This was a game with quite a few firsts in it. For starters, it was the first game laid on and run by Nick since he came to Orkney. Thanks, Nick, for stepping up to the plate! Second, it was my first 6mm game for the best part of three decades – certainly before I left to work in Key West in ’95. Lastly, it was the first game of Blitzkrieg Commander I’d ever played. I’d heard good things about the rules, and so I was looking forward to it. I have to say, its also a treat not having to schlep in heavy boxes of 28mm figures and scenery! The game itself was pretty straightforward. The table, covered in a rather vibrant arid terrain mat was dominated by a square-shaped hill, the Djebel Alem Hamza, somewhere west of Tobruk. Both the Germans played by Sean and the British played by me had to get an artillery observer onto its summit. The game was played out on  a 6×4 foot table. To help, both sides had a mixed force of tanks, motorised infantry and some anti-tank guns. This was very much a “learning curve” clash, to try out the rules. I had Valentines from 8th Royal Tank Regiment, while Sean’s panzers came from the 15th Panzer Division. My infantry though, came in trucks and carriers, while Sean had fancy Hanomags. I did though, have a trio of 2pdr. portees, mounted on the back of 15cwt. trucks, which looked fun. A 2pdr. though, having checked the rules, wasn’t much to write home about…Sean started the game with a very speedy advance, which saw his tanks reach the north of the Djebel Alem Hamza, while his infantry passed through the houses clustered around an old fort to the south. Worse, his observer not only reached the ridge, but had scaled it before I’d even got out of the starting gate. It certainly showed what you could do in these rules, if your luck held. Unfortunately mine didn’t. Sean’s German battlegroup CO had a better command value than mine did, and when I tried advancing my infantry refused to budge, while the tanks made it one lumbering 15cm move, then halted. The only speedy part of my advance was on the left, where my portees and some bren carriers headed towards the bridge over an impassable wadi.In was just in time as the German infantry were advancing towards the bridge from the direction of Fort Mamza. I opened up with my 2pdr. portees and brewed up one of the Hanomags – unfortunately after the panzer grenadiers had dismounted. Still, it was a start. It was then that I discovered the Blunder rule. If you roll a double six to activate then bad things happen. In my case one of my tanks was knocked out by my own air force! It also handed the initiative back to the Germans.Sean’s tanks came dangerously close to Alam Hamza village, while a group of Panzer IVs appeared in column, squeezing through the narrow gap between the djebel and the wadi. My trusty portees opened up and damaged the lead tank, but didn’t knock it out. Still, in the next turn I got my tanks rolling again, and skirmished with the Panzer IIIs, but again I didn’t score enough hits to kill one. Sean then had his own blunder, and one of his tanks was knocked out by friendly fire. That left two of his Panzer IIIs within charge reach of my infantry, the 38th Punjabis, who had managed to move forward into the village. In a rash moment I decided to close-assault the tanks, and four stands sallied out – two attacking each tank. I think we got the rules wrong, as Sean had 3 dice per tank to my 10 dice, and I still lost – heavily! All my four infantry stands were wiped out, and the panzer crews breathed a sigh of relief! The focus of the game then shifted to the British left, where my portees were being whittled down by fire from the Panzer IV’s. Having notched up two more Blunders with my tanks which saw them retreat twice, I moved them over to my left, hoping to prop up my flank. Then, Sean blundered, but this time his PAnzer IVs advanced – two of them charging headlong into my infantry by the wadi!I should have close-assaulted, but I was wary of that game now, and pulled the infantry back, together with my one remaining portee. My Valentines were in action now, and holding their own in the tank battle. That’s roughly where we finished the game. The German artillery observer was sitting on top of the djebel, enjoying his  lunch, while below him the bridge was still being contested, and I held the village. So, Nick, who was the patient umpire – duly declared the game a marginal German win. I have to admit, I quite enjoyed this  foray into 6mm, and I liked the rules (Blitzkrieg Commander IV), which were straightforward, easy to pick up and fun too. Sean had Cold War kit for this, and I know that before the month is out I’ll be painting up teeny-tiny T-64s, BMPs and Hinds…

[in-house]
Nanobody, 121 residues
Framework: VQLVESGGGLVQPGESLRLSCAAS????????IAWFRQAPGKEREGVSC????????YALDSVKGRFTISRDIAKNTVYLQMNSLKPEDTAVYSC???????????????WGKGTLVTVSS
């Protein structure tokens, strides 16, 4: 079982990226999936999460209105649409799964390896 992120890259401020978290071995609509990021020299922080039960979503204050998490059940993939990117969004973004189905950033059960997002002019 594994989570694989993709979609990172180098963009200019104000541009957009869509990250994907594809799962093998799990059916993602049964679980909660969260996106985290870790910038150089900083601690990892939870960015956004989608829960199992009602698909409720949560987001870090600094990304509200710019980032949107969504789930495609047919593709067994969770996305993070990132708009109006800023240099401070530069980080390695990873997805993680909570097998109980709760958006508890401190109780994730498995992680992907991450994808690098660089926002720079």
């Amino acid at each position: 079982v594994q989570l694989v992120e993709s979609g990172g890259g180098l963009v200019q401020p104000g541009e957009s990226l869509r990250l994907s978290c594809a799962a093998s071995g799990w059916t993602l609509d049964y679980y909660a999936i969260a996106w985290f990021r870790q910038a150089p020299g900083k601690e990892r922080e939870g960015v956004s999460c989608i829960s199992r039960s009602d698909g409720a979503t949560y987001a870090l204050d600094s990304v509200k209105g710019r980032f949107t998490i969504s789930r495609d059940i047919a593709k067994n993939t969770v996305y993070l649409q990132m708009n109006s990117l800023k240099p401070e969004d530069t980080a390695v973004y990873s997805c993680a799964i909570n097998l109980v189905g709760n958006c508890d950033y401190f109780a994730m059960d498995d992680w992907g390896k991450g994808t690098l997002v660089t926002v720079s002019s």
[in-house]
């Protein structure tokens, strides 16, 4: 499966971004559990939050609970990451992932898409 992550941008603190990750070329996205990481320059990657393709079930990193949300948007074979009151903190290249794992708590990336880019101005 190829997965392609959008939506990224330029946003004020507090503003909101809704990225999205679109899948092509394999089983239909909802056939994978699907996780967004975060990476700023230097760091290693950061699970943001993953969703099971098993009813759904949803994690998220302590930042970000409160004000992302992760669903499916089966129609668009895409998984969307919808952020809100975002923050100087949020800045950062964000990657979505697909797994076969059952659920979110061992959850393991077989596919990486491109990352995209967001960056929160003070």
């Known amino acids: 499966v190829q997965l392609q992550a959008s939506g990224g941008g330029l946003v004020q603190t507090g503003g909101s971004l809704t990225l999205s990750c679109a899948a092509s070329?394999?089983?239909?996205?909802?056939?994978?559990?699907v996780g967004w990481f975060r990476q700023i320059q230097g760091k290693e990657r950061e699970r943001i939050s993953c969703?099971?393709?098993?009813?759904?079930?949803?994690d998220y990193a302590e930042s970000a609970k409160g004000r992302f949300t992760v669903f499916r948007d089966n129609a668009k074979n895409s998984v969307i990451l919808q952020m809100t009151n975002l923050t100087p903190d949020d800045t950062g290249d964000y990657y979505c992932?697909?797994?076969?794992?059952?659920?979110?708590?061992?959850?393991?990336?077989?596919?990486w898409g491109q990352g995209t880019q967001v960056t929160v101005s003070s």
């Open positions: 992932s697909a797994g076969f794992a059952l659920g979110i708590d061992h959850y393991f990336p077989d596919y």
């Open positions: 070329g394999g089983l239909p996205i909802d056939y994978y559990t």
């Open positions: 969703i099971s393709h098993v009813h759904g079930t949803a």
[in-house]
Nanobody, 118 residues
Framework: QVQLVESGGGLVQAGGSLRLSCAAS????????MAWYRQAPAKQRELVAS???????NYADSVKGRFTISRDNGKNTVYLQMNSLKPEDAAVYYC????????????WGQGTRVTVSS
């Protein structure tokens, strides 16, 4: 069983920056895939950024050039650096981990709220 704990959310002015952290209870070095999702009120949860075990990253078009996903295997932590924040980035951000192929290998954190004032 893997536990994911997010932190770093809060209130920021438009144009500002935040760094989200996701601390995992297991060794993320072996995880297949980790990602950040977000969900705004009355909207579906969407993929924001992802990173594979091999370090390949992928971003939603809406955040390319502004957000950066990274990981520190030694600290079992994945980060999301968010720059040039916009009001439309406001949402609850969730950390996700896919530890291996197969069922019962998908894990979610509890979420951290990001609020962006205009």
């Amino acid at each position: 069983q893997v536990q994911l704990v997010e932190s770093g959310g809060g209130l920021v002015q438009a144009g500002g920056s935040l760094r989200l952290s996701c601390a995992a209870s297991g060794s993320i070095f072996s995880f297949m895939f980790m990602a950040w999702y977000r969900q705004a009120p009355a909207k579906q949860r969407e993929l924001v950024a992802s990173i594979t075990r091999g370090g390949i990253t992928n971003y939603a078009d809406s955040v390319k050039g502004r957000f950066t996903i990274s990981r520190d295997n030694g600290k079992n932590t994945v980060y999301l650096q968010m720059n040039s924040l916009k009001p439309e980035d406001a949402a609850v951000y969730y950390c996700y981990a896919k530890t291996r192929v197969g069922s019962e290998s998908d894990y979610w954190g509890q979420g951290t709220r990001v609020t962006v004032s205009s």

4 Responses “Encounter at Djebel Alem Hamza 1941”